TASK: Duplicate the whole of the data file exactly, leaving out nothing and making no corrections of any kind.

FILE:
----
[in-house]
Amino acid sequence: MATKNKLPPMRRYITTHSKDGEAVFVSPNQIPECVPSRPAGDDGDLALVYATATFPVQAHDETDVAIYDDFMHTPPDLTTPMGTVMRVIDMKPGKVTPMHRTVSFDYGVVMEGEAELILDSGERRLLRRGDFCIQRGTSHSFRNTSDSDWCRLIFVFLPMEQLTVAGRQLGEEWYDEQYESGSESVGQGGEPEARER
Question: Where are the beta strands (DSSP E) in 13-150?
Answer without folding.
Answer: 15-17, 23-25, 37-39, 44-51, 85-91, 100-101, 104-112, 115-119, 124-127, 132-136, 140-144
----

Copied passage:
[in-house]
Amino acid sequence: MATKNKLPPMRRYITTHSKDGEAVFVSPNQIPECVPSRPAGDDGDLALVYATATFPVQAHDETDVAIYDDFMHTPPDLTTPMGTVMRVIDMKPGKVTPMHRTVSFDYGVVMEGEAELILDSGERRLLRRGDFCIQRGTSHSFRNTSDSDWCRLIFVFLPMEQLTVAGRQLGEEWYDEQYESGSESVGQGGEPEARER
Question: Where are the beta strands (DSSP E) in 13-150?
Answer without folding.
Answer: 15-17, 23-25, 37-39, 44-51, 85-91, 100-101, 104-112, 115-119, 124-127, 132-136, 140-144